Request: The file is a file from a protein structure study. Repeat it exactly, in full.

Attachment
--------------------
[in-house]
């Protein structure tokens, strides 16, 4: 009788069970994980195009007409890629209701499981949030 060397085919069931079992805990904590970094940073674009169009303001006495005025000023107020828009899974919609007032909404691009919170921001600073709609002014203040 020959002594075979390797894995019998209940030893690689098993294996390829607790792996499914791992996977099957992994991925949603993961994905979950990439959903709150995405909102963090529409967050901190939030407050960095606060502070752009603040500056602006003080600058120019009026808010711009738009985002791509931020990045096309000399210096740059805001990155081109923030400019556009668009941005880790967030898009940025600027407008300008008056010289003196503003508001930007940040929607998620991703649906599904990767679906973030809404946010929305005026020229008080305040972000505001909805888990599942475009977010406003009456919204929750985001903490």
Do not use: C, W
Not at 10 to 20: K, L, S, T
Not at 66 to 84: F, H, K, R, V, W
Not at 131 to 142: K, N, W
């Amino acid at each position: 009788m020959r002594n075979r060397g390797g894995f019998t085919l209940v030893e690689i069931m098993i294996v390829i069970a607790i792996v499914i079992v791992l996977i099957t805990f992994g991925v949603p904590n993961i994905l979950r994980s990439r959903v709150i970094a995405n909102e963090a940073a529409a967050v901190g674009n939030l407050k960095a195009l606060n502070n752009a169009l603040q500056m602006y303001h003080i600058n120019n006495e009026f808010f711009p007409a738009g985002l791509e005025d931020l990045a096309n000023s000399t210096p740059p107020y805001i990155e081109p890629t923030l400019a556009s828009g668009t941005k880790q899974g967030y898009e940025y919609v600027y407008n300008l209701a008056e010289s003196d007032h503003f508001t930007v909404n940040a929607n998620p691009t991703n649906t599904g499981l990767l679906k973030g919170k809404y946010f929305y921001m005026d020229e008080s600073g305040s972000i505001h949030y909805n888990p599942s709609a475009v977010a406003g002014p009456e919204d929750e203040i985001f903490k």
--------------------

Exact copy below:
[in-house]
């Protein structure tokens, strides 16, 4: 009788069970994980195009007409890629209701499981949030 060397085919069931079992805990904590970094940073674009169009303001006495005025000023107020828009899974919609007032909404691009919170921001600073709609002014203040 020959002594075979390797894995019998209940030893690689098993294996390829607790792996499914791992996977099957992994991925949603993961994905979950990439959903709150995405909102963090529409967050901190939030407050960095606060502070752009603040500056602006003080600058120019009026808010711009738009985002791509931020990045096309000399210096740059805001990155081109923030400019556009668009941005880790967030898009940025600027407008300008008056010289003196503003508001930007940040929607998620991703649906599904990767679906973030809404946010929305005026020229008080305040972000505001909805888990599942475009977010406003009456919204929750985001903490």
Do not use: C, W
Not at 10 to 20: K, L, S, T
Not at 66 to 84: F, H, K, R, V, W
Not at 131 to 142: K, N, W
């Amino acid at each position: 009788m020959r002594n075979r060397g390797g894995f019998t085919l209940v030893e690689i069931m098993i294996v390829i069970a607790i792996v499914i079992v791992l996977i099957t805990f992994g991925v949603p904590n993961i994905l979950r994980s990439r959903v709150i970094a995405n909102e963090a940073a529409a967050v901190g674009n939030l407050k960095a195009l606060n502070n752009a169009l603040q500056m602006y303001h003080i600058n120019n006495e009026f808010f711009p007409a738009g985002l791509e005025d931020l990045a096309n000023s000399t210096p740059p107020y805001i990155e081109p890629t923030l400019a556009s828009g668009t941005k880790q899974g967030y898009e940025y919609v600027y407008n300008l209701a008056e010289s003196d007032h503003f508001t930007v909404n940040a929607n998620p691009t991703n649906t599904g499981l990767l679906k973030g919170k809404y946010f929305y921001m005026d020229e008080s600073g305040s972000i505001h949030y909805n888990p599942s709609a475009v977010a406003g002014p009456e919204d929750e203040i985001f903490k």